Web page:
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Mitochondrial Disorders and Drugs: What Every Physician Should Know


Mitochondrial Disorders and Drugs: What Every Physician Should Know

Daniele Orsucci et al. Drugs Context.


Mitochondrial disorders are a group of metabolic conditions caused by impairment of the oxidative phosphorylation system. There is currently no clear evidence supporting any pharmacological interventions for most mitochondrial disorders, except for coenzyme Q10 deficiencies, Leber hereditary optic neuropathy, and mitochondrial neurogastrointestinal encephalomyopathy. Furthermore, some drugs may potentially have detrimental effects on mitochondrial dysfunction. Drugs known to be toxic for mitochondrial functions should be avoided whenever possible. Mitochondrial patients needing one of these treatments should be carefully monitored, clinically and by laboratory exams, including creatine kinase and lactate. In the era of molecular and 'personalized' medicine, many different physicians (not only neurologists) should be aware of the basic principles of mitochondrial medicine and its therapeutic implications. Multicenter collaboration is essential for the advancement of therapy for mitochondrial disorders. Whenever possible, randomized clinical trials are necessary to establish efficacy and safety of drugs. In this review we discuss in an accessible way the therapeutic approaches and perspectives in mitochondrial disorders. We will also provide an overview of the drugs that should be used with caution in these patients.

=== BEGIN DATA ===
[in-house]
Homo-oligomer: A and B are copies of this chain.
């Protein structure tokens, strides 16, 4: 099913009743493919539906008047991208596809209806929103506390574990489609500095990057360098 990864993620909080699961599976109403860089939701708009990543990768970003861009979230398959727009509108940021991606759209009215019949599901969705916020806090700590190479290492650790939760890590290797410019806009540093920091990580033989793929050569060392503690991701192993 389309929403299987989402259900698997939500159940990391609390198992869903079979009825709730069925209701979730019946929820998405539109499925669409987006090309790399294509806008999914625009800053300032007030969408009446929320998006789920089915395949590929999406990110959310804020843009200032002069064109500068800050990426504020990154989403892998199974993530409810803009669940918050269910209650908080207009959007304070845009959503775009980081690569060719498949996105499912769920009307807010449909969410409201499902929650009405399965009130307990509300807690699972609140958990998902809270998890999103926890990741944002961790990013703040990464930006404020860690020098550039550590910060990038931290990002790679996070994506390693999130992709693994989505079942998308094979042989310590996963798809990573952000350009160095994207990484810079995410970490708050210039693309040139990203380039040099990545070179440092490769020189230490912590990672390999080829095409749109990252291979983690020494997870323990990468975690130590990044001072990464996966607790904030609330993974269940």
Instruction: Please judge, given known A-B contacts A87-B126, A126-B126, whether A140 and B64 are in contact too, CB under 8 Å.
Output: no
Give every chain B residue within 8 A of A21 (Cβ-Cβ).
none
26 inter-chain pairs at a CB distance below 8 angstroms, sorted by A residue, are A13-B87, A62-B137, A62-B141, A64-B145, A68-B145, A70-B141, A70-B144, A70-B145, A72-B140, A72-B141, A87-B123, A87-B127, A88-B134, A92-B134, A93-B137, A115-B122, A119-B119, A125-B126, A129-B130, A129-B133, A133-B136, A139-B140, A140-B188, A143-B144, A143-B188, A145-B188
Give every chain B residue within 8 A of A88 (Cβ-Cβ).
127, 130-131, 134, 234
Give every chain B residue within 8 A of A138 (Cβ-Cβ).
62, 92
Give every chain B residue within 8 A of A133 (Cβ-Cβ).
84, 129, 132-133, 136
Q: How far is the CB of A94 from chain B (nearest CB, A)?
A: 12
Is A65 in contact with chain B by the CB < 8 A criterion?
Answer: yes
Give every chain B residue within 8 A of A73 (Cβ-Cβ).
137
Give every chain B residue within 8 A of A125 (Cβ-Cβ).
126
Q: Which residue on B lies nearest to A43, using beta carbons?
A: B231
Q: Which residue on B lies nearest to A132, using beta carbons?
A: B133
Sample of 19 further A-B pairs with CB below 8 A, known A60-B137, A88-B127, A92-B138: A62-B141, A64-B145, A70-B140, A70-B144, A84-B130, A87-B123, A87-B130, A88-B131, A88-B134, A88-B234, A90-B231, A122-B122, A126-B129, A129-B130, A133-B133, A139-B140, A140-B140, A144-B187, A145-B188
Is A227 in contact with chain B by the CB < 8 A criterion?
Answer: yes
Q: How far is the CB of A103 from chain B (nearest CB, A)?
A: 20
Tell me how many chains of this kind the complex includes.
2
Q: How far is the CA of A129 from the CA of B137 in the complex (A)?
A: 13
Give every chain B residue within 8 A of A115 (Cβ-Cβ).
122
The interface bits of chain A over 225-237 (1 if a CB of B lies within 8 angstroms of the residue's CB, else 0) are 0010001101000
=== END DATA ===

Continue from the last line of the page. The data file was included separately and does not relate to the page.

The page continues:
Keywords: coenzyme Q10; drugs; mitochondria; mitochondrial diseases; mtDNA; toxicity.

Conflict of interest statement

Disclosure and potential conflicts of interest: The authors declare that they have no conflicts of interest. The International Committee of Medical Journal Editors (ICMJE) Potential Conflicts of Interests form for the authors is available for download at


Figure 1
Figure 1
Heteroplasmy and mitotic segregation: schematic representation. Because of the mitotic segregation (random share-out of mutated and nonmutated mitochondria between the daughter cells), the mutation load can change from one cell generation to the next, and with time, it can either surpass or fall below the pathogenic threshold.

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